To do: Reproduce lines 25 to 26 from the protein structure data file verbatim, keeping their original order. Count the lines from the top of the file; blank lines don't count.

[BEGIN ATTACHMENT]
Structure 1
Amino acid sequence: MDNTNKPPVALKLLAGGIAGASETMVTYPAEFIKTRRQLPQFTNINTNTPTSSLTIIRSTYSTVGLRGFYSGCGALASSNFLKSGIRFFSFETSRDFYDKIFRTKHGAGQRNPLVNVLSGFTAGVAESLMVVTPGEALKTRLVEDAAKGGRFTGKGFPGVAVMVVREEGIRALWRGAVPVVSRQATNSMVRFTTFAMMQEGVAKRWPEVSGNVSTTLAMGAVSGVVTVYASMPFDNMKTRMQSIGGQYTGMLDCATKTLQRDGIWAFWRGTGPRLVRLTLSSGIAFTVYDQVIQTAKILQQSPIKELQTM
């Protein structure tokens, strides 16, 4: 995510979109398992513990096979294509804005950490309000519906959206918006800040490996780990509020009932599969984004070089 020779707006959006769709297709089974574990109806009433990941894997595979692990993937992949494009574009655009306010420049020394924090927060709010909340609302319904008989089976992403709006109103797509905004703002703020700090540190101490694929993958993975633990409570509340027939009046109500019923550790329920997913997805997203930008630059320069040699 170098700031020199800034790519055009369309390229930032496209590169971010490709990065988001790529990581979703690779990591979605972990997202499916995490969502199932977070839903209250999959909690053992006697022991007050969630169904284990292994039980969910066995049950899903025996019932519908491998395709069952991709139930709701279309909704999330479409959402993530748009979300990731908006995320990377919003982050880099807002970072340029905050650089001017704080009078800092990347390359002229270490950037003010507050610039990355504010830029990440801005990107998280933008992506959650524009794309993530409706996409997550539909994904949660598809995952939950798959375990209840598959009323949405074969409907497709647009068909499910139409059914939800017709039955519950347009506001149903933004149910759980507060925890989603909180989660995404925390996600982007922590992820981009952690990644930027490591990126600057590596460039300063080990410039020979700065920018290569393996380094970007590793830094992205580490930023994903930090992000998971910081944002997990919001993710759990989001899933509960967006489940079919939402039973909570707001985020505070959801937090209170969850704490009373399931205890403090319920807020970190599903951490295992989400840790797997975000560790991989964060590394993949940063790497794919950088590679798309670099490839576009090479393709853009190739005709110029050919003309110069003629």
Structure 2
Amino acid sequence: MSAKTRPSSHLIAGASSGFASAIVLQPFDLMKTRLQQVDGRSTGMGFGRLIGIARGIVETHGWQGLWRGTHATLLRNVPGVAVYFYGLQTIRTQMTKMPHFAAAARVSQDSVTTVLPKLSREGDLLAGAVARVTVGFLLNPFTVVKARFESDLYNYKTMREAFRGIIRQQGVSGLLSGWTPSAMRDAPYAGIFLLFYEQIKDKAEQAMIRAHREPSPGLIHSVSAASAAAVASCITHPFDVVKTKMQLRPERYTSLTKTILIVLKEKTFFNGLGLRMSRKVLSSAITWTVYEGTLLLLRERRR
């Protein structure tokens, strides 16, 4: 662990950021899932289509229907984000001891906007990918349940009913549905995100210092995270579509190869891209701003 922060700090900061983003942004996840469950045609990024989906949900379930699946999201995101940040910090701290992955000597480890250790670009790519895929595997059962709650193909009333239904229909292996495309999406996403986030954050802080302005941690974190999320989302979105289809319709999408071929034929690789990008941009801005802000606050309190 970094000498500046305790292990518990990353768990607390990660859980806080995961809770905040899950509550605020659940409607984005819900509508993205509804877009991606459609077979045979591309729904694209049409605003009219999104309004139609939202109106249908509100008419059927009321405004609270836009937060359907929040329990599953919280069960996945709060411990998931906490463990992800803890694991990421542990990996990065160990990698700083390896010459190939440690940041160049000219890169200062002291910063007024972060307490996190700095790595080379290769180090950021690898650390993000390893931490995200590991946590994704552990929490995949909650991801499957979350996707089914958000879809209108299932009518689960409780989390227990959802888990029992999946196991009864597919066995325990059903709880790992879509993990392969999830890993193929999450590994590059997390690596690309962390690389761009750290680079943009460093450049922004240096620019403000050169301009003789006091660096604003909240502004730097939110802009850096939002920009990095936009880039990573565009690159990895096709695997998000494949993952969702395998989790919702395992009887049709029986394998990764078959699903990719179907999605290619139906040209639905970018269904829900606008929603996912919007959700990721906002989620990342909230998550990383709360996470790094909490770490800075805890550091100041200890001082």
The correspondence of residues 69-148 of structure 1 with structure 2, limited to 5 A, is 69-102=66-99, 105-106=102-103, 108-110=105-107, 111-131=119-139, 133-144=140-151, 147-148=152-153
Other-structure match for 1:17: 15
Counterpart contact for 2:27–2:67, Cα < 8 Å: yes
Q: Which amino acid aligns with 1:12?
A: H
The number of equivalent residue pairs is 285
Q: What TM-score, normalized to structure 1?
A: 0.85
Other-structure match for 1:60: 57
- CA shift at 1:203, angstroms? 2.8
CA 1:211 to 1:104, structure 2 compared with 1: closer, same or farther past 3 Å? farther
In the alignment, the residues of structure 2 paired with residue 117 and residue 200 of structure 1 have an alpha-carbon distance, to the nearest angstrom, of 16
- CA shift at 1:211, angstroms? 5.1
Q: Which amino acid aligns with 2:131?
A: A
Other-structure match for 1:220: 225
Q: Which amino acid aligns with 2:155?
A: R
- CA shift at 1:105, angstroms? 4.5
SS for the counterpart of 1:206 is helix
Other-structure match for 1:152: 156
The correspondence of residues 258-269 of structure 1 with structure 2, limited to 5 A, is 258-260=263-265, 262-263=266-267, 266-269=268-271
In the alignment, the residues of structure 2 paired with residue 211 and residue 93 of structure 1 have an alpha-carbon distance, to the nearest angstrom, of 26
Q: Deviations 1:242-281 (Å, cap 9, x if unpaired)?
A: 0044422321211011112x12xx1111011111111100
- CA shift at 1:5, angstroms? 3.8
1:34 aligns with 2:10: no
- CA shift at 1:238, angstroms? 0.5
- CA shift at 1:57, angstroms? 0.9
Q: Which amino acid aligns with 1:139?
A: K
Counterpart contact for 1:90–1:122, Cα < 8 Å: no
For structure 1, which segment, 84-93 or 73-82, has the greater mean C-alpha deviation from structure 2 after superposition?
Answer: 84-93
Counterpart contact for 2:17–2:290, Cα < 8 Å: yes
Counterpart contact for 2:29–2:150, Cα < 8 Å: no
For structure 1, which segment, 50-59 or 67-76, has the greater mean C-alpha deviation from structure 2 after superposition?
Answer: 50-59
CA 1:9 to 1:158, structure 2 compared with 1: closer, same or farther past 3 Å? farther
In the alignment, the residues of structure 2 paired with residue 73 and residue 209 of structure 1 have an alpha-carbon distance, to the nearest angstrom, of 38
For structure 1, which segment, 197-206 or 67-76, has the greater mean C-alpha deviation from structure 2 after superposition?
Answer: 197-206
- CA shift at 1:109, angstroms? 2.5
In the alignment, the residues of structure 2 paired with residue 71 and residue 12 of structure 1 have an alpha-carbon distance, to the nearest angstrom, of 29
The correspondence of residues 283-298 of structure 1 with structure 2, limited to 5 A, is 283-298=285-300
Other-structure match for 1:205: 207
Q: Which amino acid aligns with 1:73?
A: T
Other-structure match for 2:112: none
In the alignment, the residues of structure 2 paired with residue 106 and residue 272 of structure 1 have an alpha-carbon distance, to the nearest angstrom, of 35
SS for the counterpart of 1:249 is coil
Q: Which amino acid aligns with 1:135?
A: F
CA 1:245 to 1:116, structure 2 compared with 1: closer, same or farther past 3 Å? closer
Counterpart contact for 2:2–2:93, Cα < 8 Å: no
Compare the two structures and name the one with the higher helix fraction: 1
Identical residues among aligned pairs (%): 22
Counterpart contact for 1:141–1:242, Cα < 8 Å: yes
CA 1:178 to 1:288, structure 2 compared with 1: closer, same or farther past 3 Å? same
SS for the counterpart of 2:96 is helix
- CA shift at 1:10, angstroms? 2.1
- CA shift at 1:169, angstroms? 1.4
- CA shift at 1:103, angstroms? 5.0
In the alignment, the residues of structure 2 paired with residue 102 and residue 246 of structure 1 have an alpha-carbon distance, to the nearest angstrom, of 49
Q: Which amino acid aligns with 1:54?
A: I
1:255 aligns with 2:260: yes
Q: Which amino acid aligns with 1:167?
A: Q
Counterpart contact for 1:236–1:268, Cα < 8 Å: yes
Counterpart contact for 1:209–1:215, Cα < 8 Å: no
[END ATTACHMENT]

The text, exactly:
- CA shift at 1:105, angstroms? 4.5
SS for the counterpart of 1:206 is helix